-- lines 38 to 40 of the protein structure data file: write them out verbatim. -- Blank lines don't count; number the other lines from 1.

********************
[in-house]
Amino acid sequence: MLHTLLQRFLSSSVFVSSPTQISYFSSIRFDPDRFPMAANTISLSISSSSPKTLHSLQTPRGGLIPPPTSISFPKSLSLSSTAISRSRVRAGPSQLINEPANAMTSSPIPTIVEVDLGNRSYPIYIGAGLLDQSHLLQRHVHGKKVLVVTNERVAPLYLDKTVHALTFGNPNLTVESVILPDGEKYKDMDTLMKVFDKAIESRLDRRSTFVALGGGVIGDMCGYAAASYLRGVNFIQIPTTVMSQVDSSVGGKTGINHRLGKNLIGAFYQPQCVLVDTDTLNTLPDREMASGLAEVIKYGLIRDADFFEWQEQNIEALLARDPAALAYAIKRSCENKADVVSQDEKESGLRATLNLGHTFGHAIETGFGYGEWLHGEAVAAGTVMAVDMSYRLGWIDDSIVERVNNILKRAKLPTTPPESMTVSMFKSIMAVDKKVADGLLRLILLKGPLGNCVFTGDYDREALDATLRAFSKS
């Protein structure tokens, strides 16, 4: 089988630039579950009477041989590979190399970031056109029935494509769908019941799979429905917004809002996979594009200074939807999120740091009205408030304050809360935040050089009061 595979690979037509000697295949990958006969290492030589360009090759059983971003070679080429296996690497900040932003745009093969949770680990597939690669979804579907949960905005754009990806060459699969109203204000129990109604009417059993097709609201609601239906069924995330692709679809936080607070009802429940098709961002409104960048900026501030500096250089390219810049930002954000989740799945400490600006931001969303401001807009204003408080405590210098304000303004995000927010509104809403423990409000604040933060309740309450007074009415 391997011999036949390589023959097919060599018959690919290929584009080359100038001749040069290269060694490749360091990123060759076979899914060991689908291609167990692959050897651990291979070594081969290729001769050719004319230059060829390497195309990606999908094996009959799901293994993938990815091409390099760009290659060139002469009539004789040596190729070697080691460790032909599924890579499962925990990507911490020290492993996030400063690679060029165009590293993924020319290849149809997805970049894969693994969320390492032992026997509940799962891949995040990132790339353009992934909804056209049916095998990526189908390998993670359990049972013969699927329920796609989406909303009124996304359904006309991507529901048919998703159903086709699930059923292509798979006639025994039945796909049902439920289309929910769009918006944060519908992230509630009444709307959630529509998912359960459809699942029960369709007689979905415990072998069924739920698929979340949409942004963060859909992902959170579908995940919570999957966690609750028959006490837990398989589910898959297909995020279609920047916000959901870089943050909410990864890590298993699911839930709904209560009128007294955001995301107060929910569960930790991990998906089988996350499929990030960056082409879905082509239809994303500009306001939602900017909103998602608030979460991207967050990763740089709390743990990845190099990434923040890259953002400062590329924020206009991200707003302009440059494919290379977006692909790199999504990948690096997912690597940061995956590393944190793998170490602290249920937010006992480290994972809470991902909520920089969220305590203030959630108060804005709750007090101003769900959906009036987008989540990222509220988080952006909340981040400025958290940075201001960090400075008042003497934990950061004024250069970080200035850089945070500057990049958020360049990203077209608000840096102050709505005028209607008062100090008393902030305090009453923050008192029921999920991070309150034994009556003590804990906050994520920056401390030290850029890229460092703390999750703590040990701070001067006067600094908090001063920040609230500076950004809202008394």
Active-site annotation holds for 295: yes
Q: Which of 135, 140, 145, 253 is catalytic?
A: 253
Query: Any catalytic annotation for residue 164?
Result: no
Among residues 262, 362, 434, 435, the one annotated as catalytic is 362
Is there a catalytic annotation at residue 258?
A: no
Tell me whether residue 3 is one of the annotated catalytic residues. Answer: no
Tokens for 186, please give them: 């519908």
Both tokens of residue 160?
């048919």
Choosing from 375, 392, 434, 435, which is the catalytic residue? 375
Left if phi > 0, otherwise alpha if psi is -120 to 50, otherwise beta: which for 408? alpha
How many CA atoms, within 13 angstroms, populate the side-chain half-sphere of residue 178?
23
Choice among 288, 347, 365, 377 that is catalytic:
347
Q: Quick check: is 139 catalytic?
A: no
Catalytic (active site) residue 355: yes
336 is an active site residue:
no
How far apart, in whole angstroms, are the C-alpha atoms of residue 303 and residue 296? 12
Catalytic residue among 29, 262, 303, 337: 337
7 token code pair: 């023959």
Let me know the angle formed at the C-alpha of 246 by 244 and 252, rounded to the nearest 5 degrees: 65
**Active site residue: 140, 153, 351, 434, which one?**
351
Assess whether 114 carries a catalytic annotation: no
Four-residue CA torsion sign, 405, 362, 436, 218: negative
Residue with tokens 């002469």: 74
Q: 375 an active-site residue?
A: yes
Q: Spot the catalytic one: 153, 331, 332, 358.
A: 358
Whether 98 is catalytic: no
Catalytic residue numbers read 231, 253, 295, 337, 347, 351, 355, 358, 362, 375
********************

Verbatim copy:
Q: Spot the catalytic one: 153, 331, 332, 358.
A: 358
Whether 98 is catalytic: no